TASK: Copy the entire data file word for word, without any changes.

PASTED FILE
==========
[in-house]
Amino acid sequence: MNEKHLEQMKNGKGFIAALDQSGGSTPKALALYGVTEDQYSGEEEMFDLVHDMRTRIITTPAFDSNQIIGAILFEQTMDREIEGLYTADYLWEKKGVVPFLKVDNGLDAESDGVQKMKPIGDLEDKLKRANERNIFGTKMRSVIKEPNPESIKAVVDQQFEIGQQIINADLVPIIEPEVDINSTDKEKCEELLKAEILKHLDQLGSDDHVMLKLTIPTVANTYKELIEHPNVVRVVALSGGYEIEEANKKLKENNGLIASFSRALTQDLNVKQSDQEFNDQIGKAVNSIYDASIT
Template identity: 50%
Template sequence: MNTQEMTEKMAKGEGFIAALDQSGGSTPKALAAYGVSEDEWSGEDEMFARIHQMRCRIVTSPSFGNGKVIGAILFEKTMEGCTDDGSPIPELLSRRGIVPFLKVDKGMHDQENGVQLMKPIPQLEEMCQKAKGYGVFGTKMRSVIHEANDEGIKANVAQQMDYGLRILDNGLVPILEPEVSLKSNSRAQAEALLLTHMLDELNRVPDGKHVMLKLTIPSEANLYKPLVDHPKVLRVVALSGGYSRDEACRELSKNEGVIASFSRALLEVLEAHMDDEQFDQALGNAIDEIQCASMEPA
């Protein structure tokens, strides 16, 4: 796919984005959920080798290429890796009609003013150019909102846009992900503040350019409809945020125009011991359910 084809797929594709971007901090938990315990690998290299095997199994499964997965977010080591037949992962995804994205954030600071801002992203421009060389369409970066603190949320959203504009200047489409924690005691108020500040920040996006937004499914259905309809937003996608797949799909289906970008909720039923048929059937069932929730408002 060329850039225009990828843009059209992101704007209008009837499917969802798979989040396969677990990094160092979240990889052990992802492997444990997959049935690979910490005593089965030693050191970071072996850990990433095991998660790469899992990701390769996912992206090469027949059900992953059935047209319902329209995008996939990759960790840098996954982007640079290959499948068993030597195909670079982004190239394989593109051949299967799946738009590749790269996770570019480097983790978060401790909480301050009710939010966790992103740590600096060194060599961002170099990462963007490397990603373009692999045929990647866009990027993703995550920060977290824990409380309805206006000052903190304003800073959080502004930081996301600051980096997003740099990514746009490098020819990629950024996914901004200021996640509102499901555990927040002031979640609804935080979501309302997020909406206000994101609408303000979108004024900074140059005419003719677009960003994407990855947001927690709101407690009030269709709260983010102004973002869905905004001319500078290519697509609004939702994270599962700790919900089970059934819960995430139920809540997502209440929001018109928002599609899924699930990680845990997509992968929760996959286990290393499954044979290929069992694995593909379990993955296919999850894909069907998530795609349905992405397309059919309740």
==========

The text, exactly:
[in-house]
Amino acid sequence: MNEKHLEQMKNGKGFIAALDQSGGSTPKALALYGVTEDQYSGEEEMFDLVHDMRTRIITTPAFDSNQIIGAILFEQTMDREIEGLYTADYLWEKKGVVPFLKVDNGLDAESDGVQKMKPIGDLEDKLKRANERNIFGTKMRSVIKEPNPESIKAVVDQQFEIGQQIINADLVPIIEPEVDINSTDKEKCEELLKAEILKHLDQLGSDDHVMLKLTIPTVANTYKELIEHPNVVRVVALSGGYEIEEANKKLKENNGLIASFSRALTQDLNVKQSDQEFNDQIGKAVNSIYDASIT
Template identity: 50%
Template sequence: MNTQEMTEKMAKGEGFIAALDQSGGSTPKALAAYGVSEDEWSGEDEMFARIHQMRCRIVTSPSFGNGKVIGAILFEKTMEGCTDDGSPIPELLSRRGIVPFLKVDKGMHDQENGVQLMKPIPQLEEMCQKAKGYGVFGTKMRSVIHEANDEGIKANVAQQMDYGLRILDNGLVPILEPEVSLKSNSRAQAEALLLTHMLDELNRVPDGKHVMLKLTIPSEANLYKPLVDHPKVLRVVALSGGYSRDEACRELSKNEGVIASFSRALLEVLEAHMDDEQFDQALGNAIDEIQCASMEPA
């Protein structure tokens, strides 16, 4: 796919984005959920080798290429890796009609003013150019909102846009992900503040350019409809945020125009011991359910 084809797929594709971007901090938990315990690998290299095997199994499964997965977010080591037949992962995804994205954030600071801002992203421009060389369409970066603190949320959203504009200047489409924690005691108020500040920040996006937004499914259905309809937003996608797949799909289906970008909720039923048929059937069932929730408002 060329850039225009990828843009059209992101704007209008009837499917969802798979989040396969677990990094160092979240990889052990992802492997444990997959049935690979910490005593089965030693050191970071072996850990990433095991998660790469899992990701390769996912992206090469027949059900992953059935047209319902329209995008996939990759960790840098996954982007640079290959499948068993030597195909670079982004190239394989593109051949299967799946738009590749790269996770570019480097983790978060401790909480301050009710939010966790992103740590600096060194060599961002170099990462963007490397990603373009692999045929990647866009990027993703995550920060977290824990409380309805206006000052903190304003800073959080502004930081996301600051980096997003740099990514746009490098020819990629950024996914901004200021996640509102499901555990927040002031979640609804935080979501309302997020909406206000994101609408303000979108004024900074140059005419003719677009960003994407990855947001927690709101407690009030269709709260983010102004973002869905905004001319500078290519697509609004939702994270599962700790919900089970059934819960995430139920809540997502209440929001018109928002599609899924699930990680845990997509992968929760996959286990290393499954044979290929069992694995593909379990993955296919999850894909069907998530795609349905992405397309059919309740």